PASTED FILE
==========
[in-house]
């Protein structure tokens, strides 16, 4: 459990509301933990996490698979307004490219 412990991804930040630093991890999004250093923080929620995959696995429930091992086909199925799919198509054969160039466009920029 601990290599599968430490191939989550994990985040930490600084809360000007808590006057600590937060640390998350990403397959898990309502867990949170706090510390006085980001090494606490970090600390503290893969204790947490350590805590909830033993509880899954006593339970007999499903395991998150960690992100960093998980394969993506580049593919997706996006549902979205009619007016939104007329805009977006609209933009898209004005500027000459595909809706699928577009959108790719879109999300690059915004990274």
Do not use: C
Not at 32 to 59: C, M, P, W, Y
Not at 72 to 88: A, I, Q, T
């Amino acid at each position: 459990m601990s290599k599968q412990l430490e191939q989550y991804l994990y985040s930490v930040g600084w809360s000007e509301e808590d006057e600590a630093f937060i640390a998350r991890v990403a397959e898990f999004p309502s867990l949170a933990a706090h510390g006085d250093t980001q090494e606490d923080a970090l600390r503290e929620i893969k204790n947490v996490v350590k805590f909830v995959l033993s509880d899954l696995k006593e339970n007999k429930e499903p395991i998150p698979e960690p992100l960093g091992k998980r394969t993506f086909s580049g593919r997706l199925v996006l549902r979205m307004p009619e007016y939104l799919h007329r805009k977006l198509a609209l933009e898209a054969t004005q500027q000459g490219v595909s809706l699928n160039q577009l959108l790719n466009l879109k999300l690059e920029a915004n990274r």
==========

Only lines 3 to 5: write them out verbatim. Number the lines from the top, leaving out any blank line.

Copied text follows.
Do not use: C
Not at 32 to 59: C, M, P, W, Y
Not at 72 to 88: A, I, Q, T